November 16, 2007, Prime Minister Fukuda of Japan and President Bush
Wall Street Journal
November 16, 2007
“Bush’s North Korea tilt hurts the U.S.-Japan alliance.”
One unfortunate consequence of the Bush Administration’s about face-face on North Korea is playing out in Tokyo, where the new Prime Minister is struggling to deal with a string of recent insults from Washington. The sharpest slap may come today.
When Yasuo Fukuda visits the White House, President Bush is widely expected to tell him that he plans to take North Korea off the U.S. list of state sponsors of terror, despite Pyongyang’s refusal to provide any new information on the Japanese citizens it kidnapped in the 1970s and ‘80s. Information on the abductees has been Tokyo’s top priority in he six-party nuclear disarmament talks with North Korea.
Until recently, the administration has made progress on the abductees issue a prerequisite for taking North Korea off the terrorist list. Last year Mr. Bush met in the Oval Office with the mother of Megumi Yokota, a 13-year old girl who was kidnapped by North Korean spies in 1977 as she was walking home from school in the western city of Niigata. He called it “one of the most moving meetings since I have been the President.”
Fast forward to this month, when Christopher Hill, the chief U.S. negotiator on North Korea, took a different line in a press conference in Tokyo. When asked about the delisting, he implied that the abductees are a “legal” issue for the U.S. and a bilateral issue between Japan and North Korea. A State Department spokesman, Tom Casey, elaborated this week. “In terms of the abductees issue,” he said, “the two [abductees and the delisting] are not necessarily specifically linked.”
The fate of the abductees is not merely an emotional issue in Japan, though it certainly is that, akin to U.S. sensibilities about Vietnamese MIA and POWs prior to normalization of relations with Hanoi. “Megumi-chan,” or “little Megumi” is household name in Japan, and popular opinion supports Tokyo’s tough stance on dealing with Pyongyang on the issue. Mr. Fukuda’s predecessor, Shinzo Abe, rose to the premiership on the issue.
U.S. support for Japan’s position also goes to the heart of American credibility as a security partner. Some Japanese are already beginning to wonder why the U.S. is so eager for a deal that won’t truly de-nuclearize the North, which has hundreds of missiles capable of reaching any corner of their country.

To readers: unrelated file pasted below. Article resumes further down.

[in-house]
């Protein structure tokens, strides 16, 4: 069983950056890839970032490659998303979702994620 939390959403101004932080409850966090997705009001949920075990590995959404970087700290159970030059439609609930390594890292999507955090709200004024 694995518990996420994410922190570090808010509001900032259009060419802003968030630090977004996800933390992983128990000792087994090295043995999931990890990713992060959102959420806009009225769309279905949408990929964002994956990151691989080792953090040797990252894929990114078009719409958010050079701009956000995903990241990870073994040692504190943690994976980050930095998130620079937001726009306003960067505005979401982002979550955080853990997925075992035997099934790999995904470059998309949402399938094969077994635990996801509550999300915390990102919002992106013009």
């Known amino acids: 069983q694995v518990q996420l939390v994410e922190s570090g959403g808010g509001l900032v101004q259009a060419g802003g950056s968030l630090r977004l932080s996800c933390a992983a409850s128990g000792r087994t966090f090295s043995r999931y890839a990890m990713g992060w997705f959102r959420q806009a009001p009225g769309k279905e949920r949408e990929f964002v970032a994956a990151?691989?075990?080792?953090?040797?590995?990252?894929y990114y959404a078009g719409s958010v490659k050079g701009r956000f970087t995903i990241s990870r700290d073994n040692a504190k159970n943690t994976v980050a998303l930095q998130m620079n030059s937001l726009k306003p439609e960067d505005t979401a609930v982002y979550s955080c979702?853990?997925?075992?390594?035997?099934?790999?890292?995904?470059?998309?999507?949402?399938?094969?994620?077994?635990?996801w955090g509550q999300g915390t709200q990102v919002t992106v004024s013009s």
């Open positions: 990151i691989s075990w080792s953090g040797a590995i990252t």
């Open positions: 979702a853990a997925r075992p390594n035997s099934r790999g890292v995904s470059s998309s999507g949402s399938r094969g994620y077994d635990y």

North Korea has failed to declare the components of its nuclear program-seven month after the agreed-upon deadline for doing so. And there are growing doubts that the U.S. will insist on an accounting that includes the North’s nuclear weapons, its stockpile of plutonium, and a uranium program That Pyongyang once touted but now says doesn’t exist. Meanwhile, the Yongbyon nuclear reactor that is now being “disabled” too much fanfare may already be at or near the end of its useful life. No wonder Tokyo is nervous.
J. Thomas Schieffer, the U.S. ambassador in Tokyo, is widely reported to have sent Mr. Bush a private cable last month, warning that the pending nuclear deal with North Korea could damage relations with Japan. There are indications that may already be happening.
On November 1, Japan suspended its naval mission to supply fuel to U.S.-led coalition forces in the Indian Ocean. Mr. Fukuda’s government pushed through a watered down bill in the Diet’s lower house this week restarting the mission. The Prime Minister decided against using his authority to push through stronger registration in part, we are told, on the counsel of advisers who urged him to distance himself from the Americans. That kind of thinking could lead to a decision by a future Japanese government to go nuclear, rather than run the risk of relying on the unreliable Americans.
As President Bush makes decisions about whether to abandon its best Asian ally on the abduction issue, he ought to consider the consequences of shaking the Japanese people’s faith in their alliance with the U.S.
We, the Nippon Falcons disagree and do not support Christopher Hill's stance regarding eliminating North Korea's status as a terrorist nation in exchange for dismantling their nuclear facilities. We strongly disapprove of this tactic that the US proposes. This action will abandon Japan's demand for returning their citizens who have been abducted by the North Korean government. We want those missing people to return to their homeland.
Mr. Hill claims that taking the terrorist nation status from North Korea is within the US laws, and it does not directly link to the abduction issue. Then, Prime Minister Yasuo Fukuda should say that we see this American action as termination of the US Japan Security Treaty.
Our Prime Minister also should tell President Bush that the Comfort Women Resolution has seriously offended the Japanese people. Your congress should be advised that the Resolution is harmful to your country's security.
I recommend our P.M. to speak with a loud voice so that Mr. Cheney, Madam Rice and Mr. Gates can hear our nation's message loud and clear.
Regardless of the result of the talks between P.M. Fukuda and President Bush, the Nippon Falcons will never change their position. If the US continues to push Christopher Hill's plan and continues to support the Comfort Women Resolution, we will push our nation to change our constitution, reduce the US military presence in Japan and begin to arm ourselves with nuclear warheads.
Iseheijiro the spokesman for Nippon Falcons League